Harvey (Artesania Latina Kit circa 1990's)

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Well first time for everything they say and that is certainly the case here. My uncle has built models for many years which have been the subject of some discussion and I finally decided to build my own. I recently picked up the AL Harvey 1847 kit on Ebay and it has essentially been left unopened for over 30 years. It is the single plank on bulkhead version of the kit. Plan is to keep adding entries as I go as others have done and my thanks already to all of the "Harvey" types out there whose logs I have been reading over the last few weeks (not to mention the rest of them as I absorb the huge amount of information needed to build one of these properly!) Looking forward to it...
 
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Assemble and Loose Fit
9/7 1 Hour
Unpacked and assembled "keel" and bulkheads to achieve a flush fit. Spent time filing to ensure the top of the bulkheads was level with the keel in all but a single bulkhead (Number 3) where the line just didn't seem to lie right when inserted. I laid that down on the other bulkheads to ensure the line was true and then shimmed the bulkhead higher and took 1.5mm off the top to bring it in line with the top of the keel. Took the curve of the top off the No 4 bulkhead. Seems to fit much better now.2020-07-07 @ 11-02-12 - 001.jpg2020-07-09 @ 18-52-10 - 001.jpg2020-07-09 @ 18-52-16 - 001.jpg2020-07-09 @ 18-52-24 - 001.jpg
 
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Glueing Keel to Bulkheads
11/7 1 Hour
Realised just how sparse the original plans were and so spent a short time downloading the later plans for the double planked version from one of the other forums and reviewing how they recommend assemble in the initial stages. Unlikely to be too different in my opinion. Then carefully glued the bulkheads to the keel using square brackets and ensuring sufficient drying time between stages.2020-07-11 @ 16-37-30 - 001.jpg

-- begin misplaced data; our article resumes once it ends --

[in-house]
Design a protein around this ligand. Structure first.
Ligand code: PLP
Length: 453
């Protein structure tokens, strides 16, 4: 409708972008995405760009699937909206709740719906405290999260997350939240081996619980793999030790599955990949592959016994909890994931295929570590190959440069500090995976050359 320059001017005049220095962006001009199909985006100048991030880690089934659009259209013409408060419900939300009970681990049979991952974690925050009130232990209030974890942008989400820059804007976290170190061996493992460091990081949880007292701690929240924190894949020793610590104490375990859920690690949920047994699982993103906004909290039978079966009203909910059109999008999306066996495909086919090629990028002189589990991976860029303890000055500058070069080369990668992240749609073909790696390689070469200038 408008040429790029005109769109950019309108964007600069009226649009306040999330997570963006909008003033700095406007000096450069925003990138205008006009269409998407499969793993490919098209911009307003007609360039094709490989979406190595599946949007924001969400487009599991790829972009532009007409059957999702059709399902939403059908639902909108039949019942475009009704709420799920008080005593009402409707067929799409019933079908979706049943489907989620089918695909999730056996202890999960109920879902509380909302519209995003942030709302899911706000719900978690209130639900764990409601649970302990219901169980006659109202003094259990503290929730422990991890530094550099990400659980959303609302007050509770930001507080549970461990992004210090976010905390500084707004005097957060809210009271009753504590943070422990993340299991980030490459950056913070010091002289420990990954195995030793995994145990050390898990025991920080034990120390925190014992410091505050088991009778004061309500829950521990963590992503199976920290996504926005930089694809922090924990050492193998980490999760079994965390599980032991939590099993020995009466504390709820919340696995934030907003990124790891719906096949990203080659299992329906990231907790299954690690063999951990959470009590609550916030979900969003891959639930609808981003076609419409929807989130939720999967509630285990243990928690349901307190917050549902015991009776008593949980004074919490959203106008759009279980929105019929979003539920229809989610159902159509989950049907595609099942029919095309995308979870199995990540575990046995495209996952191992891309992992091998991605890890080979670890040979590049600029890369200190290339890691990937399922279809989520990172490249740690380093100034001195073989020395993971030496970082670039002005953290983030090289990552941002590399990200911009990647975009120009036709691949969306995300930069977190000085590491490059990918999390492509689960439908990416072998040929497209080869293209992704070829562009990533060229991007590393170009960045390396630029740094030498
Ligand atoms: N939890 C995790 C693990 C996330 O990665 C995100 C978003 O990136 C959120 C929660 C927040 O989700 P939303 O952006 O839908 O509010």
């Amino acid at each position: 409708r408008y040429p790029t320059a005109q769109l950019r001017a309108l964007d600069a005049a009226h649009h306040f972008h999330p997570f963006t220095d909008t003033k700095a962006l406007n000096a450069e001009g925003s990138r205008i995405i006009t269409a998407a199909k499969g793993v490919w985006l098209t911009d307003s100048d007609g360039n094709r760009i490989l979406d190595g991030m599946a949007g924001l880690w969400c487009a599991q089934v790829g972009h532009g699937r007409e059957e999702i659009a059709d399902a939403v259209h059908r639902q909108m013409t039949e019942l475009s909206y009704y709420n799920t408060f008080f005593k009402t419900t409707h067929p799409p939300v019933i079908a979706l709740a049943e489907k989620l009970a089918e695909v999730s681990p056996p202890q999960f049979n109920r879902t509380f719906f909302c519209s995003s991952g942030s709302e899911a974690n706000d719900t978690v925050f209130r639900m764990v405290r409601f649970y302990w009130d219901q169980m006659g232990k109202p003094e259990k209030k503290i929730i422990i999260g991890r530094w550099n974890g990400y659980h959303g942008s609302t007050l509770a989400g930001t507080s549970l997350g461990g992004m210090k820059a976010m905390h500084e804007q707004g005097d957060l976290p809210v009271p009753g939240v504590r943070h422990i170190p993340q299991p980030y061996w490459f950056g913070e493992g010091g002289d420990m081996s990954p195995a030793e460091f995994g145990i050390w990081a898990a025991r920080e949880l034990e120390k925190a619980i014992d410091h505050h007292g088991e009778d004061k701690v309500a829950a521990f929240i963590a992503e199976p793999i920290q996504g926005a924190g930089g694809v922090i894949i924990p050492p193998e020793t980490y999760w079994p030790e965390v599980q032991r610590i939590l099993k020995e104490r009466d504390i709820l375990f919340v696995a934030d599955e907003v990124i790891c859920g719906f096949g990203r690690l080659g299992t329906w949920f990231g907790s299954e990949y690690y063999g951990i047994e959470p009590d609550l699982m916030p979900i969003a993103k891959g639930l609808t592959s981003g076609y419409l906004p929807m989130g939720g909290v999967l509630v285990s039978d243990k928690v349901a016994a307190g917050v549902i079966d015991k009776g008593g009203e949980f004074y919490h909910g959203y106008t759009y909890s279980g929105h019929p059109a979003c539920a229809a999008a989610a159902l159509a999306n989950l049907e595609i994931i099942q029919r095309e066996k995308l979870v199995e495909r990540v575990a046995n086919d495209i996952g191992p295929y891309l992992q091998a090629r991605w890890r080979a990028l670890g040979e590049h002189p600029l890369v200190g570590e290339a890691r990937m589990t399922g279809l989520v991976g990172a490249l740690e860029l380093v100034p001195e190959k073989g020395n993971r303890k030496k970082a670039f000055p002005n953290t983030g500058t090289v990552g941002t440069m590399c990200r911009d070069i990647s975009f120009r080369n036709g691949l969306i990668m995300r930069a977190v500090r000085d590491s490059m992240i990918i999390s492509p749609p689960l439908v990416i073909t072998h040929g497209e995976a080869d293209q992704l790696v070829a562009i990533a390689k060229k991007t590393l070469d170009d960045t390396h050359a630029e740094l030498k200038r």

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Assembling the False deck to the keel and bulkheads
12/7 3 Hours
This was not particularly easy - but became simpler once I worked out you don't need to hammer the pins! Measured and marked the false deck on the inverse as advised in the plans. Then measured again just to be sure using a rule and was glad I did - it is wood after all! Pinned the centre line using a hammer and really struggled. Then I taped around the outside of the false deck and under the keel pulling taught to pull the edges of the deck down to meet the bulkheads and create the camber on the deck. This worked reasonably well and enabled me to pin the deck to the bulkhead frames. The issue was the hammering of the pins. Holding the frame and attempting to hammer the pins in was a nightmare and one can't push onto anything near the end of the bulkheads. In the end I realised that simply pushing the pins in with needle nose pliers worked perfectly with much more control, no need for a hammer and no bent pins! Wish I'd known that in advance. Pinned the centre bulkheads first on both sides and then alternated towards the prow and stern. When fully assembled and pinned I measured each bulkhead from the prow using a cloth tape and ensured that each one was within 1mm of the opposite side. A few needed adjusting but it was a simple case of pulling the pin, moving the bulkhead and re-inserting the pin. When fully aligned I clamped the side of the deck to the bottom of the keel on both sides and removed the tape. I then glued all of the joints and allowed it to dry for 24 hours. I found it interesting just how "far out" the dimensions are on some of the bulkheads and just how much material will need to be removed in the fairing process to ensure things align properly!2020-07-12 @ 10-13-31 - 001.jpg2020-07-12 @ 10-25-48 - 001.jpg2020-07-12 @ 11-23-26 - 001.jpg2020-07-12 @ 11-23-45 - 001.jpg2020-07-12 @ 11-24-12 - 001.jpg2020-07-12 @ 11-25-50 - 001.jpg2020-07-12 @ 11-25-55 - 001.jpg2020-07-12 @ 11-26-06 - 001.jpg2020-07-12 @ 11-26-57 - 001.jpg2020-07-12 @ 12-02-26 - 001.jpg2020-07-12 @ 13-17-31 - 001.jpg2020-07-12 @ 13-17-41 - 001.jpg
 
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Fairing the Hull
13/7 3 Hours
Just spent today with a file and some sandpaper working on fairing. Taking a long time to get not much done but concerned about taking too much / not enough off. Keep using a plank to check but incredible how "springy" they are and how long it takes to get them to sit flat. Anyway done about a quarter now in my opinion.2020-07-13 @ 20-23-29 - 001.jpg
 

Kkonrath

Kurt Konrath